Consider hanging lightweight items from a string. If you're selling kits, show examples made up and if your craft isn't too messy or reliant on machinery, consider a demonstration of making some products at the show. People are always interested in the crafting process and are drawn to seeing a master at work.
Use Craft Fairs as a Marketing Opportunity
A craft show booth is not a one-off selling opportunity. Use the fair as a chance to connect with others in your industry, and make like-minded friends and long-term customers.
Offer 'Craft Show Only' special offers or exclusives such as the chance to buy your new range first.
Encourage people to take your marketing materials such as business cards or postcards and make sure your relevant details are on them, such as your web address and a reminder of what you sell. Also, include these with every purchase and place a few small piles of them around your stall.
Print out a simple form for people to sign up for your free email newsletter if you have one. This way, you can contact them when you have new products, news, special offers, and competitions. Your craft show customer has now become a repeat customer!
This content is accurate and true to the best of the author’s knowledge and is not meant to substitute for formal and individualized advice from a qualified professional.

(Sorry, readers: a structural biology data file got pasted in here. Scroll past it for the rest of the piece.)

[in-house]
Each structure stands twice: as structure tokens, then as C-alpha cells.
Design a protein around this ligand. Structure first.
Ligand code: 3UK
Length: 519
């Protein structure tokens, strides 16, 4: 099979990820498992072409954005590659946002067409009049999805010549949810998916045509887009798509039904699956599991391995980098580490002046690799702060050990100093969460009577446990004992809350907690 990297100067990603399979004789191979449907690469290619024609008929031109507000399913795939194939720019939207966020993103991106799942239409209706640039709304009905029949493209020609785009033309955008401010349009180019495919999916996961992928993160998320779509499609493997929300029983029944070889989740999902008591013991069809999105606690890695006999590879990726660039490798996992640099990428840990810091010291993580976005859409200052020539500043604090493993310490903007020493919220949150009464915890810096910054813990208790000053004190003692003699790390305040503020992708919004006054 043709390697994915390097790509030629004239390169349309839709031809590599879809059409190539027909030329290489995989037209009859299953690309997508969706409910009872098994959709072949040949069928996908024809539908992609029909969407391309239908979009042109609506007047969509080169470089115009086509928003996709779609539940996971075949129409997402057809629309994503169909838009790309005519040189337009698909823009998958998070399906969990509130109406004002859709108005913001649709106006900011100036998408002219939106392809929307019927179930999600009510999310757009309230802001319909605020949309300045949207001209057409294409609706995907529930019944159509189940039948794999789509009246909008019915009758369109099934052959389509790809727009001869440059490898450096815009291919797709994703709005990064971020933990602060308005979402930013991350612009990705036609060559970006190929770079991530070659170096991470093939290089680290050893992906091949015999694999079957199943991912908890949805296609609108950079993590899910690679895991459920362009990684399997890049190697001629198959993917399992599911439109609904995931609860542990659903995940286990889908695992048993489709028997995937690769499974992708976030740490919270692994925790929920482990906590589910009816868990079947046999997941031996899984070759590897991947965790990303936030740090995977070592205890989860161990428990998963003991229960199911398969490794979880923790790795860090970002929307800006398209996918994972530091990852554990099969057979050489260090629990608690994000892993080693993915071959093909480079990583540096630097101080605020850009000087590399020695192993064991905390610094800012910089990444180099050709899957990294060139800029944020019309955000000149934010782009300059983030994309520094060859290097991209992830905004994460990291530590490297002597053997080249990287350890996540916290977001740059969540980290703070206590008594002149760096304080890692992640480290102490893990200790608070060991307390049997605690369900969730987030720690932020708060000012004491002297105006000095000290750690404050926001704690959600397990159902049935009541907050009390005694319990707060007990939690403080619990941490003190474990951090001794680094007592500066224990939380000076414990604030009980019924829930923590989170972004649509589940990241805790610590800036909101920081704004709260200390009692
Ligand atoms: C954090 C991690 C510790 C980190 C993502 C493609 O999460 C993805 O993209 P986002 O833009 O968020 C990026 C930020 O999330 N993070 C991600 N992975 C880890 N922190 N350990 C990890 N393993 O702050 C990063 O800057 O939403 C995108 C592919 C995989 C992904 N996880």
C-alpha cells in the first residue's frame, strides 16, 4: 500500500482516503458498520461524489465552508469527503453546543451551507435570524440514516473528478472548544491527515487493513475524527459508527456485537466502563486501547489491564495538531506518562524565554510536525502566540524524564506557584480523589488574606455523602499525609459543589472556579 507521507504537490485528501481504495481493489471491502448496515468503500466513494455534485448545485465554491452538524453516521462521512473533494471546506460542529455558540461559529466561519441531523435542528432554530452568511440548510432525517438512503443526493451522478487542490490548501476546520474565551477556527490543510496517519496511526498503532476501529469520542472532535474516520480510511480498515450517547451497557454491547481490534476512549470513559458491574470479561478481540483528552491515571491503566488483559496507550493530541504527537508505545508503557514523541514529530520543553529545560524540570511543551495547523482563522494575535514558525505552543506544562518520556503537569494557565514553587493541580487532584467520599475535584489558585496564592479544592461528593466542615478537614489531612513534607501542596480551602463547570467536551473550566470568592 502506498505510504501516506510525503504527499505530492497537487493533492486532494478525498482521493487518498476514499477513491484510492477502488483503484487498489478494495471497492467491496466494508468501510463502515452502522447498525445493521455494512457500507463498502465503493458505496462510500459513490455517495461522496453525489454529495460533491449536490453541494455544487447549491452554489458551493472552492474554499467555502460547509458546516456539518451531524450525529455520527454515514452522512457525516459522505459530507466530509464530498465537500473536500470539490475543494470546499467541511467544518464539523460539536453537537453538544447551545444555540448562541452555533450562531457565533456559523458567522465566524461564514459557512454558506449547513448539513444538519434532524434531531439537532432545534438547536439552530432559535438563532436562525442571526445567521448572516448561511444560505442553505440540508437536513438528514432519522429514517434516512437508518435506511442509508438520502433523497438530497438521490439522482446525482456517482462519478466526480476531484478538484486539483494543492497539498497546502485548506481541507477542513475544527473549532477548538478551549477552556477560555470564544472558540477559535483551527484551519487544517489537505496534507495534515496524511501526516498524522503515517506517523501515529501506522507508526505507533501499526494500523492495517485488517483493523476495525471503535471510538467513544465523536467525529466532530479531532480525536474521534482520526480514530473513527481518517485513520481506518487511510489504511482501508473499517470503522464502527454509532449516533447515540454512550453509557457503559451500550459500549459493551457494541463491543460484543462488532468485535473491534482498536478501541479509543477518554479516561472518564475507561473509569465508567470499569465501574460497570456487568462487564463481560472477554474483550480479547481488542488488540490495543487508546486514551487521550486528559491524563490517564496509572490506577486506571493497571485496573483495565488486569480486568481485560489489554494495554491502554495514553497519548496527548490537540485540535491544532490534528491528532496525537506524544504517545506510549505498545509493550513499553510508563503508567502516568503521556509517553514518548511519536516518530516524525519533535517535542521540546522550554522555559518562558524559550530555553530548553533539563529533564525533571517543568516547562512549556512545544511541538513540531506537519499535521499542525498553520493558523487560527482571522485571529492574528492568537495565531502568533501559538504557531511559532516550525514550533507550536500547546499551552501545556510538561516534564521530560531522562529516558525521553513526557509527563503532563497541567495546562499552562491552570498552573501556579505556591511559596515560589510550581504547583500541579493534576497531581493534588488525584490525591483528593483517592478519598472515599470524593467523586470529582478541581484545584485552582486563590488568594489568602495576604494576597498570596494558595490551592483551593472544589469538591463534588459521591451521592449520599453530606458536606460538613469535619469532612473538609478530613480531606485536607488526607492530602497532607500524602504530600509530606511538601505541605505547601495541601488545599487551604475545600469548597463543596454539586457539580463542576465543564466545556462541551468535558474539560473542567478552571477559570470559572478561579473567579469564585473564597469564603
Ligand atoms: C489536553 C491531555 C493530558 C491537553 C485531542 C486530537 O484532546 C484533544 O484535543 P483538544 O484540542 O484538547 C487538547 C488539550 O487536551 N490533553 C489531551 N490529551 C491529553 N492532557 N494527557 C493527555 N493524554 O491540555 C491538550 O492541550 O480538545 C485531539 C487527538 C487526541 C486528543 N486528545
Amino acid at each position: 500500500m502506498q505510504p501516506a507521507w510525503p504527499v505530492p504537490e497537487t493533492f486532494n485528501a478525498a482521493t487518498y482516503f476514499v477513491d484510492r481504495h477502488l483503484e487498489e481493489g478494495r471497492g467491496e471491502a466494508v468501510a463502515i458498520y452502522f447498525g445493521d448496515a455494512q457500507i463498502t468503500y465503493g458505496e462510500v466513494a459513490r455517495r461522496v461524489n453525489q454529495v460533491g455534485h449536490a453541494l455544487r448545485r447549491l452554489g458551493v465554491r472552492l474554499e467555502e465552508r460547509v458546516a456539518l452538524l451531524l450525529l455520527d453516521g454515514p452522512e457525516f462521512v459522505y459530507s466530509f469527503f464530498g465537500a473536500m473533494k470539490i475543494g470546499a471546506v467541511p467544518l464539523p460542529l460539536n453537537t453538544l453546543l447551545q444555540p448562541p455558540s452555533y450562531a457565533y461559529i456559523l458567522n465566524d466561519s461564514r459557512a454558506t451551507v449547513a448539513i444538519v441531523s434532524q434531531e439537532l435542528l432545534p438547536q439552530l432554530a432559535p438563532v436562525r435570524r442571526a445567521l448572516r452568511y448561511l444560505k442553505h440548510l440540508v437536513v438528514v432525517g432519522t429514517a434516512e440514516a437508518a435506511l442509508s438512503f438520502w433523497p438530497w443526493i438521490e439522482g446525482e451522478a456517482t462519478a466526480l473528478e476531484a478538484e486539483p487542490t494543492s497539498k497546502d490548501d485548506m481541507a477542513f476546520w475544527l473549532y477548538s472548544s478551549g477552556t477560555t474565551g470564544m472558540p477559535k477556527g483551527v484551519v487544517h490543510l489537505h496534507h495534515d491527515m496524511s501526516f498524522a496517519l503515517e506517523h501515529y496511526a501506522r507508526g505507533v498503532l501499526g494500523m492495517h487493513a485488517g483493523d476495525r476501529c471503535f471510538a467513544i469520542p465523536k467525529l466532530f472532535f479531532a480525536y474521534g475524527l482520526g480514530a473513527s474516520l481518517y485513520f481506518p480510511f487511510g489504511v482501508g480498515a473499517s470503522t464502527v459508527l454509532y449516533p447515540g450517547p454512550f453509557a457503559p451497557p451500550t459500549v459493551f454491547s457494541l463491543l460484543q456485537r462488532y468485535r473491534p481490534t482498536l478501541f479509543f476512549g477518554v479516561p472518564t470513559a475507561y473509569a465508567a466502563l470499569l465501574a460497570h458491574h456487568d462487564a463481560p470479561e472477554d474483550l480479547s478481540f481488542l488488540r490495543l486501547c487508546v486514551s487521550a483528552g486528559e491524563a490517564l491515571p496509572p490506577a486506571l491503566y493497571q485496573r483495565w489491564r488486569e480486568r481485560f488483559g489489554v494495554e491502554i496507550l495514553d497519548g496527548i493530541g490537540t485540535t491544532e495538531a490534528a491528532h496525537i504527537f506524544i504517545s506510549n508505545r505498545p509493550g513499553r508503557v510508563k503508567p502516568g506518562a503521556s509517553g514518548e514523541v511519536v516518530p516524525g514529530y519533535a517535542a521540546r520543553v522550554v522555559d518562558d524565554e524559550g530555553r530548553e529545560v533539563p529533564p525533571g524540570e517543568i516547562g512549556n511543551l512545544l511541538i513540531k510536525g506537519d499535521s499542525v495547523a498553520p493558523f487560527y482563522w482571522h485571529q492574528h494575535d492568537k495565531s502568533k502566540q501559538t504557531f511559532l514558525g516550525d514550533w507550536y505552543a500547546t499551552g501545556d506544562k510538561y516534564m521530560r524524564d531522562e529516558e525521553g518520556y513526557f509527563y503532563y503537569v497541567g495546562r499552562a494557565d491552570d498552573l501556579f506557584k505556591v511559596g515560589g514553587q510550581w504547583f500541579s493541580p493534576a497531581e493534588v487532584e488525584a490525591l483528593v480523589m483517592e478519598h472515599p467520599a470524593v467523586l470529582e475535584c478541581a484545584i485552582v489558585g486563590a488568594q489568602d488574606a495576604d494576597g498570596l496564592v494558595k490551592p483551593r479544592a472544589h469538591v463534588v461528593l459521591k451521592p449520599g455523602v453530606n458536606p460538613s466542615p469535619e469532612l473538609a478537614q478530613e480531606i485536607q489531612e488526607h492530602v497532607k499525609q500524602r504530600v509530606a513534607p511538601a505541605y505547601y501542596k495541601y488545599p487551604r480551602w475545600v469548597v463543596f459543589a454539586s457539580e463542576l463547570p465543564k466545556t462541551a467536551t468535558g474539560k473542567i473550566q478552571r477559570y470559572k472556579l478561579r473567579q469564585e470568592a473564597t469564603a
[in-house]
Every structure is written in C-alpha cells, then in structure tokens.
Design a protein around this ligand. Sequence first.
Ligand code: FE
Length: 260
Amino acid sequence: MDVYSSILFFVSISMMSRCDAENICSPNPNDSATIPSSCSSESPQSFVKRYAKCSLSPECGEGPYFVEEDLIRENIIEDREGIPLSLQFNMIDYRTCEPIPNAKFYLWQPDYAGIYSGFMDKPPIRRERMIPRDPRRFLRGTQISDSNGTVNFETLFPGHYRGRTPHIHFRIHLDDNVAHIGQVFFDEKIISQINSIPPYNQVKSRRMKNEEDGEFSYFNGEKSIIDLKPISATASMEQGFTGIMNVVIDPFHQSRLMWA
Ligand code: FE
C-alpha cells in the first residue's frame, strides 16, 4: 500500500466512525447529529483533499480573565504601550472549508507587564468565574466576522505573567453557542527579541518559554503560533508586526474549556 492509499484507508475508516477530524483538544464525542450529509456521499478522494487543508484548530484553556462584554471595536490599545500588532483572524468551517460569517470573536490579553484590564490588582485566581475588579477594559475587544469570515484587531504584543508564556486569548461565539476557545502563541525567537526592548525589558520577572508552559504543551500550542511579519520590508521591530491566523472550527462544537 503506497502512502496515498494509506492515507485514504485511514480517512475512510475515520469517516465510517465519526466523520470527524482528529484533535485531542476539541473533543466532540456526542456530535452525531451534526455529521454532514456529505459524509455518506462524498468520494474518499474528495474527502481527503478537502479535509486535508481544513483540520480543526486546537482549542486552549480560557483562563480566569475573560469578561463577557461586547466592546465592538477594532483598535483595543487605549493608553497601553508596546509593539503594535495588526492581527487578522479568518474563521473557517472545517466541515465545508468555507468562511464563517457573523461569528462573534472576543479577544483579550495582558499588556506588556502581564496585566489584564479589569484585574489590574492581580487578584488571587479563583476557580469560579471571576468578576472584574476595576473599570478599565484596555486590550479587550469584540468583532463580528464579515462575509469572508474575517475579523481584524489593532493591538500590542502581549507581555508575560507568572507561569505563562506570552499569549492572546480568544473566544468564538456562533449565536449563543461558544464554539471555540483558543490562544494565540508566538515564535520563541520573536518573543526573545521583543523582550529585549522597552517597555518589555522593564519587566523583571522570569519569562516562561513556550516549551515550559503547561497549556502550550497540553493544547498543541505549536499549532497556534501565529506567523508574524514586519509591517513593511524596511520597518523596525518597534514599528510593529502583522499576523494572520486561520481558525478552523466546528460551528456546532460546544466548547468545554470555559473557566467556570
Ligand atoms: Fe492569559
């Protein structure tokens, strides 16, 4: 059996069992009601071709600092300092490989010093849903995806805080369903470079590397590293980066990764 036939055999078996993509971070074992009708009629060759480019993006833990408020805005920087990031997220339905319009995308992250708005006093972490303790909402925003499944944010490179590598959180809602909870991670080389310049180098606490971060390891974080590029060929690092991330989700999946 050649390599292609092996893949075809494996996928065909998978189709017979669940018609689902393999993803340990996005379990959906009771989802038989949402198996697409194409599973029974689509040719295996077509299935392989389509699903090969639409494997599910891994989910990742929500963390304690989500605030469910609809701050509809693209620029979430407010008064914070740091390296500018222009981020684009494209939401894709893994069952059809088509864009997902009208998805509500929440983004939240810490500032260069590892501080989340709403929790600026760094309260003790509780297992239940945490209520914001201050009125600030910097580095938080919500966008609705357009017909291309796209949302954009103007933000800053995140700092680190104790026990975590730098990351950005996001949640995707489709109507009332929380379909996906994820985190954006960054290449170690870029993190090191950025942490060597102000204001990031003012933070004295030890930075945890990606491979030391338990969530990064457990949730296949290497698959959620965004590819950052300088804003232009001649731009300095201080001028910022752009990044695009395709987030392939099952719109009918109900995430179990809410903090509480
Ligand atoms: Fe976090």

© 2012 Karen Creftor
email@example.com on July 11, 2017:
I have been doing craft shows for years but I always love getting great ideas like yours and the inspiration from you .
Karen Creftor (author) from Kent, UK on June 16, 2014:
Oh how wonderful Emily!
I hope this article does indeed help and hope the fair goes really well for you. Please come back and let us know how you get on :)
EmilyD on June 15, 2014:
I'm only 22, but I've started a small business selling painted shoes online. I signed up for a booth at a local arts and crafts fair in a few months and I'm SO nervous! I'm really glad I found this! Hopefully it will help me be completely prepared!
Karen Creftor (author) from Kent, UK on May 18, 2012:
OOh they sound scrummy GoodLady! It is hard work running a stall, nomatter the craft, but it is good fun and is a fantastic way to make connections and get feedback.
Thanks for the lovely compliment :)
Penelope Hart from Rome, Italy on May 18, 2012:
My sister had a market stand that sold jams and pickles in Australia which was successful but it was a lot of work for one person, making the jams, setting the stand up and selling,chatting to people! - though she loved it. It's very creative and your hub shows how really creative it can be.
Nice Hub thanks
Karen Creftor (author) from Kent, UK on May 17, 2012:
Thank you theraggededge!!
It is tough to produce enough stock, but don't forget you can use one piece for several products. For example a piece of art, or a photo of a handmade item can be printed onto products such as postcards, mugs, t-shirts and so-on. If you look at my other hubs, there is one on the many ways to make money from art and crafts.
Let me know if you do decide to do a show and let me know how you get on!
Bev G from Wales, UK on May 17, 2012:
This is very useful for me. Great reference for someone considering selling in this way. If only I could work fast enough to create all the necessary stock!